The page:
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East Sikkim

East Sikkim is one of the four administrative districts of the Indian state of Sikkim. Geographically, East Sikkim occupies the south-east corner of the state. The capital of East Sikkim is Gangtok, which is also the state capital. It is the hub of all administrative activity in the state.
The civilian region is administered by a district collector, appointed by the Union Government and the military area by a Major General. As of 2011 it is the most populous of the four districts of Sikkim.

 East Sikkim was part of the kingdom of Sikkim for most of its history. In the 19th century, the district was under the rule of the Bhutanese. After the Anglo Bhutan war, the territory was virtually under the command of the British forces. After India's independence in 1947, the area was part of the kingdom of Sikkim under the protection of India. During the Sino-Indian War of 1962, the Nathula Pass witnessed a few skirmishes between India and China. In 1975, the Sikkim formally became part of the Indian Union as India's 22nd state.

  Gangtokis the capital and largest town of the Indian state of Sikkim. Gangtok is located in the easternHimalayan range, at an altitude of 5,800 feet (1,800 m). Gangtok is located at 27.33°N 88.62°E.

 In addition to being the state capital, it is the headquarters of the East Sikkim district The town's population of 98,658 belongs to different ethnicities such as Indian-Nepalis, Lepchas and Bhutia, is administered by the "Gangtok Municipal Corporation".Nestled within higher peaks of the Himalaya and enjoying a year-round mild temperate climate, Gangtok is at the centre of Sikkim's tourism industry.

 Gangtok rose to prominence as a popular Buddhist pilgrimage site after the construction of the Enchey Monastery in 1840. In 1894, the ruling Sikkim's Chogyal, Thutob Namgyal, transferred the capital to Gangtok. In the early 20th century, Gangtok became a major stopover on the trade route between Lhasa in Tibet and cities such as Kolkata (then Calcutta) in British India. After India won its independence from Britain in 1947, Sikkim chose to remain an independent monarchy, with Gangtok as its capital. In 1975, after the integration with the union of India, Gangtok was made India's twenty-second state capital.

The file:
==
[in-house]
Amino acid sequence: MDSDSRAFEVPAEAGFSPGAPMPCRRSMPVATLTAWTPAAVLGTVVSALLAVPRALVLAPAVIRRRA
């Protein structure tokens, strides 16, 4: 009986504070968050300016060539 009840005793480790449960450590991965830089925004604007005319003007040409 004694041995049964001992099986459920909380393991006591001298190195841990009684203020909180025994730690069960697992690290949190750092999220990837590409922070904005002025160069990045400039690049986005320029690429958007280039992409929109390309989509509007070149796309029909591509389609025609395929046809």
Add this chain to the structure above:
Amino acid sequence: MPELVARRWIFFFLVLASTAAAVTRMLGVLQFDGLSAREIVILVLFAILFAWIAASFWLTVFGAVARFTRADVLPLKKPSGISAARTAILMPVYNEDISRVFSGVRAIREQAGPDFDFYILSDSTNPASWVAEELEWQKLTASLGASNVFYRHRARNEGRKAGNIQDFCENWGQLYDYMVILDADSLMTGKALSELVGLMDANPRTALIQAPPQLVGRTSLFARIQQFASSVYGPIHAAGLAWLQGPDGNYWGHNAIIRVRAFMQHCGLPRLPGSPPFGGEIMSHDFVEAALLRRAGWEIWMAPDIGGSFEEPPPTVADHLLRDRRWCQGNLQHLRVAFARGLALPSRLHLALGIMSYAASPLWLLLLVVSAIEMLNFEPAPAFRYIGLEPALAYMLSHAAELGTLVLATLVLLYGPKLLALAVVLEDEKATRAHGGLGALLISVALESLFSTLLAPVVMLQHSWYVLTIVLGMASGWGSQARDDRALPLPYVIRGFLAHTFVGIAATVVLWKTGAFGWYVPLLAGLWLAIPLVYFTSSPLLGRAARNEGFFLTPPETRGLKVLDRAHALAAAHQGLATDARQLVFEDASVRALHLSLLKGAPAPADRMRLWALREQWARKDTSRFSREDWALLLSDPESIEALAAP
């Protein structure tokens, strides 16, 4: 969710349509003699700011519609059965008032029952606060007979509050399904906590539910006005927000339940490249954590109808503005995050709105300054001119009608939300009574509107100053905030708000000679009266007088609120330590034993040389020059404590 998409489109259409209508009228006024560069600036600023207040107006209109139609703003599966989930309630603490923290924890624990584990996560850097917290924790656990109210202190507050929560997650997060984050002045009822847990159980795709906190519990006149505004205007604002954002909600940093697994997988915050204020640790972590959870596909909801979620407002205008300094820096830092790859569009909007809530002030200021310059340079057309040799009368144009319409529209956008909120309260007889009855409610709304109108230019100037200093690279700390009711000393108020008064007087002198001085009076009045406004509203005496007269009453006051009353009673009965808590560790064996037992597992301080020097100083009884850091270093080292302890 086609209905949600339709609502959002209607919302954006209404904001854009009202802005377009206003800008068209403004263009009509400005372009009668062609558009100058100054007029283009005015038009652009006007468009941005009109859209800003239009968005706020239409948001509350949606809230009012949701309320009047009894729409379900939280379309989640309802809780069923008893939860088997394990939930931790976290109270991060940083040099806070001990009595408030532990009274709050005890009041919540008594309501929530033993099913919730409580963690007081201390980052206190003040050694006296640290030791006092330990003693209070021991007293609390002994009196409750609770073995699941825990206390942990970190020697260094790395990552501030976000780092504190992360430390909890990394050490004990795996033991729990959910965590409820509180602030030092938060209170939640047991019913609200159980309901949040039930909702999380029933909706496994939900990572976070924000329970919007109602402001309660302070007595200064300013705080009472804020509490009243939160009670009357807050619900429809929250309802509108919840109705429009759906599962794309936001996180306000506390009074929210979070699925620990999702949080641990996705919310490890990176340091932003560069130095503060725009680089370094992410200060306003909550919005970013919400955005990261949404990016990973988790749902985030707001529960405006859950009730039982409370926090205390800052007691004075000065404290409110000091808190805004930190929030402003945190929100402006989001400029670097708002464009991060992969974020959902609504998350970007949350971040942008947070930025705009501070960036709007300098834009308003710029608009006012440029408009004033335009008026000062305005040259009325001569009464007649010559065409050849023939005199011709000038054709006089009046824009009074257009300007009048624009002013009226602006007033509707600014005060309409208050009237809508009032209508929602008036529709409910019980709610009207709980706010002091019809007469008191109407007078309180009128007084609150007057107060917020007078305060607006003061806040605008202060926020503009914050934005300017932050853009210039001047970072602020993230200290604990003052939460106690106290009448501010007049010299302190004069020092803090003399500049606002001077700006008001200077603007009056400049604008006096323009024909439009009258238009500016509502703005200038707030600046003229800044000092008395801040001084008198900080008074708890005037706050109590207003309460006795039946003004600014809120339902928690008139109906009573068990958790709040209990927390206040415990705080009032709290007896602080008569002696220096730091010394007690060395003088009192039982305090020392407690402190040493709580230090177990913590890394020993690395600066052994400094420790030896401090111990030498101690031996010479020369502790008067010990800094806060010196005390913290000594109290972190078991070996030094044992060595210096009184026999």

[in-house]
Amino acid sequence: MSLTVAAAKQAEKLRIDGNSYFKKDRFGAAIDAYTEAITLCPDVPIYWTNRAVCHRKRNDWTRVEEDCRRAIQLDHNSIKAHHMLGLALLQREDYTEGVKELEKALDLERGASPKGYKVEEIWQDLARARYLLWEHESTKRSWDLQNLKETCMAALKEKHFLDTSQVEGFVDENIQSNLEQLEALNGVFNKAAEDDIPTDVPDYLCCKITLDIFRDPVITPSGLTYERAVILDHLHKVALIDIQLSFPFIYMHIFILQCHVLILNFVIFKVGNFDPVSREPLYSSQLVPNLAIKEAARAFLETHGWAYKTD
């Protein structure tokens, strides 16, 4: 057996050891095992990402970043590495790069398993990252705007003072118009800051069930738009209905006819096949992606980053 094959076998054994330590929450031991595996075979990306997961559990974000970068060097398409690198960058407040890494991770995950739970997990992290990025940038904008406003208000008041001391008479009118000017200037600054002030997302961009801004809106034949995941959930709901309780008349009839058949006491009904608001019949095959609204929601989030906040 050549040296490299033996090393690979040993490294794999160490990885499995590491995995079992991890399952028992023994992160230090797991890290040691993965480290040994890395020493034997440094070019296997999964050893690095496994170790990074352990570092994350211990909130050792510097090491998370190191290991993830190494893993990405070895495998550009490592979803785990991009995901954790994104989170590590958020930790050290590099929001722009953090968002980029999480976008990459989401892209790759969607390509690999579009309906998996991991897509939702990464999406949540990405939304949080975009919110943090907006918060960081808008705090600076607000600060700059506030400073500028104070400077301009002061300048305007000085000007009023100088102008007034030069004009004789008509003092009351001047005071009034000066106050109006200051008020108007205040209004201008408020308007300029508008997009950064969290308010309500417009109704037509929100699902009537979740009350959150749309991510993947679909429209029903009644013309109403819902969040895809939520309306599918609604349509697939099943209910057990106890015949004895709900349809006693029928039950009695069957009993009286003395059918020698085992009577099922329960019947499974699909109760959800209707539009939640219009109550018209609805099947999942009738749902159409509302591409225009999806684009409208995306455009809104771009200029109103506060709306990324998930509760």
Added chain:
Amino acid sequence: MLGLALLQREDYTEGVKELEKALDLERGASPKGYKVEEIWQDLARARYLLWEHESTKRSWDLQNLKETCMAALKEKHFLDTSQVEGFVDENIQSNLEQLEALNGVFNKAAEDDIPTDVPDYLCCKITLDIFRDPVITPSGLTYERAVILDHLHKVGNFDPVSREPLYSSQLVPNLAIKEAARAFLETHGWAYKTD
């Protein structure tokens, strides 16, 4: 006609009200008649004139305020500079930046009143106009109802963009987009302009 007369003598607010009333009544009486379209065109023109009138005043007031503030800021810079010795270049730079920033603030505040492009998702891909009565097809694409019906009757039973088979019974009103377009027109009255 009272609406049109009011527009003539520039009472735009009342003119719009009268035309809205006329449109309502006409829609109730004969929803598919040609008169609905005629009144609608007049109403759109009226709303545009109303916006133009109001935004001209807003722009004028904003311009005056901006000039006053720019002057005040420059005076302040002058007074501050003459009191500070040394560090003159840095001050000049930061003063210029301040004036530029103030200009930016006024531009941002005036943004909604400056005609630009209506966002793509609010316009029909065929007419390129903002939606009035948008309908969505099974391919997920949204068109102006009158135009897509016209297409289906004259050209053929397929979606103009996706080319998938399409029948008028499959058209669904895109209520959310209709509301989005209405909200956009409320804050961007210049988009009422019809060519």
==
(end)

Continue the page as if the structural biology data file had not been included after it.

The precise meaning of the name Gangtok is unclear, though the most popular meaning is "hill top".Today, Gangtok is a centre of Tibetan Buddhist culture and learning, with the presence of several monasteries, religious educational institutions, and centre's for Tibet logy.

Gangtok features a monsoon-influenced subtropical highland climate. Because of its elevation and sheltered environment, Gangtok enjoys a mild, temperate climate all year round. Like most Himalayan towns, Gangtok has five seasons: summer, monsoons, autumn, winter and spring.

 

Temperatures range from an average maximum of 22 °C (72 °F) in summer to an average minimum of 4 °C (39 °F) in winter. Summers (lasting from late April to June) are mild, with maximum temperatures rarely crossing 25 °C (77 °F). The monsoon season from June to September is characterized by intense torrential rains often causing landslides that block Gangtok's land access to the rest of the country.

 Rainfall starts to rise from pre-monsoon in May, and peaks during the monsoon, with July recording the highest monthly average of 649.6 mm (25.6 in).[16] In winter temperature averages between 4 °C (39 °F) and 7 °C (45 °F).Snowfall is rare, and in recent times Gangtok has received snow only in 1990, 2004, 2005 and January 2011.[15] Temperatures below freezing are also rare.[15]During this season the weather can be unstable, and change abruptly from bright sunshine and clear skies to heavy rain within a couple of hours. During spring and autumn the weather is generally sunny and mild.

 Owing to its elevation, Gangtok is often enveloped in fog during the monsoon and winter months.